In our society, the sexually transmitted diseases (STD) are quite spread, and therefore they are always in the attention of the specialists.
Sexually transmitted diseases were once called venereal diseases and are among the most common infectious diseases in the world today. More than 20 STDs have now been identified, and they affect more people than we could imagine, each year.
Understanding the basic facts about STDs – the ways in which they are spread, their common symptoms, and how they can be treated – is the first step toward prevention.
It is important to understand some key points about all STDs today:
– STDs affect men and women of all backgrounds and economic levels. They are most prevalent among teenagers and young adults, from twenty to thirty years. Nearly two-thirds of all STDs occur in people younger than 25 years of age. It is no shame, if this were the case, to check with your health care provider on the issue of a STD.
– The occurrence of STDs is rising, partly because in the last few decades, young people have become sexually active earlier although they are marrying later. In addition, divorce is more common.
The result is that sexually active people today are more likely to have multiple sex lovers during their lives and consequently they are potentially at a greater risk for developing STDs than the people two hundred years ago.
– Most of the time, STDs cause no symptoms, particularly in women. When and if symptoms develop, they may be confused with those of other diseases not transmitted through sexual contact. Even when an STD causes no symptoms, however, a person who is infected may be able to pass the disease on to a sex lover.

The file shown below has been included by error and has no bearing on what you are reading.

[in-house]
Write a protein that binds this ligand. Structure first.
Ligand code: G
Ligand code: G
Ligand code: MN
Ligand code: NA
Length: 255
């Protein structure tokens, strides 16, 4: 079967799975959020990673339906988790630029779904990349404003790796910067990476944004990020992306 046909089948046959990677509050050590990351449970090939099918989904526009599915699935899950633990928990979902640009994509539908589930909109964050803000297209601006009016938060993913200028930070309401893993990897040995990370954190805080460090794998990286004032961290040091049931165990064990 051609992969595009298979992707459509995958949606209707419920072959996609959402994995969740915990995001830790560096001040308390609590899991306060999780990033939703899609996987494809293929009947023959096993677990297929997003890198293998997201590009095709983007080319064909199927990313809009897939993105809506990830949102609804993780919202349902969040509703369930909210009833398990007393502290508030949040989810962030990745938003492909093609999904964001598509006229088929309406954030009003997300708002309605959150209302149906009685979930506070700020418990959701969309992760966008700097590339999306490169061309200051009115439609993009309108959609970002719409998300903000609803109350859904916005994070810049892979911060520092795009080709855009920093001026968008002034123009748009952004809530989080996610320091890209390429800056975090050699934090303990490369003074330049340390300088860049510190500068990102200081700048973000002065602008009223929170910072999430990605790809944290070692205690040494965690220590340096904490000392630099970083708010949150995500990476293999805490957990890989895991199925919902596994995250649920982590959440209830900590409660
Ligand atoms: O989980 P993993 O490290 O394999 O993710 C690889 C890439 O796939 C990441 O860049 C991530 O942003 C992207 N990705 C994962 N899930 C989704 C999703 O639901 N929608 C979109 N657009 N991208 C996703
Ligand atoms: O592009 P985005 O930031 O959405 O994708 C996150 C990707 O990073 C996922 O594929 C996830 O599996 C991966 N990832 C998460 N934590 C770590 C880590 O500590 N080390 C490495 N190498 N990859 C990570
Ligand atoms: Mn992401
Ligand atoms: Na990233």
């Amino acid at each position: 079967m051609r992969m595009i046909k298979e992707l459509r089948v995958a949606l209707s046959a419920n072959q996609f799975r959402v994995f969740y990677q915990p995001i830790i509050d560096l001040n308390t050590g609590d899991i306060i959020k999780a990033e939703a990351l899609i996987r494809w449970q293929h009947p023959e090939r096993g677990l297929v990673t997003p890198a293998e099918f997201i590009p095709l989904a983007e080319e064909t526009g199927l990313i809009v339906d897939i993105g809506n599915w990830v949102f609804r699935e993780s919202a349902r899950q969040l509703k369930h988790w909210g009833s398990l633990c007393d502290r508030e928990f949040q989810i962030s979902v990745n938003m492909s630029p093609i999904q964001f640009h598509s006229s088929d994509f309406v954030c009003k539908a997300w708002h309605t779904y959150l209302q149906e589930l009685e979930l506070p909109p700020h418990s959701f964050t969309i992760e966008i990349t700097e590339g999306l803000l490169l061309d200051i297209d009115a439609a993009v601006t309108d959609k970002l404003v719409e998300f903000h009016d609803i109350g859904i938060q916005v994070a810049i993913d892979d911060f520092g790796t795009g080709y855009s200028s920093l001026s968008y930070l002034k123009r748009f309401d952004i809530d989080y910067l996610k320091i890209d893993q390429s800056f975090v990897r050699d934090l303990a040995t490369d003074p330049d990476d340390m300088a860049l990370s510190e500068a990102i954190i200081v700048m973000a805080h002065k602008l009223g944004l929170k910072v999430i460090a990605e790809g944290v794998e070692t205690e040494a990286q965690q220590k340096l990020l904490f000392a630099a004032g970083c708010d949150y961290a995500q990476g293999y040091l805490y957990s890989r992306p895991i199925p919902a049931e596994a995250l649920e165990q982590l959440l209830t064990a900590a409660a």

That is why many doctors recommend periodic testing or screening for people who have more than one sex partner. However, even if there is only one sex lover, you should also get tested and screened periodically.
– Health problems caused by STDs tend to be more severe and more frequent for women than for men, in part because the frequency of asymptomatic infection means that many women do not seek care until serious problems have developed.
– Some STDs can spread into the uterus (womb) and fallopian tubes to cause pelvic inflammatory disease, which in turn is a major cause of both infertility and ectopic (tubal) pregnancy. The latter can be fatal.
– STDs in women also may be associated with cervical cancer. One STD, human papillomavirus infection (HPV), causes genital warts and cervical and other genital cancers.
– STDs can be passed from a mother to her baby before, during, or immediately after birth; some of these infections of the newborn can be cured easily, but others may cause a baby to be permanently disabled or even die.
– When diagnosed and treated early, many STDs can be treated effectively. Some infections have become resistant to the drugs used to treat them and now require newer types of antibiotics. Experts believe that having STDs other than AIDS increases one’s risk for becoming infected with the AIDS virus.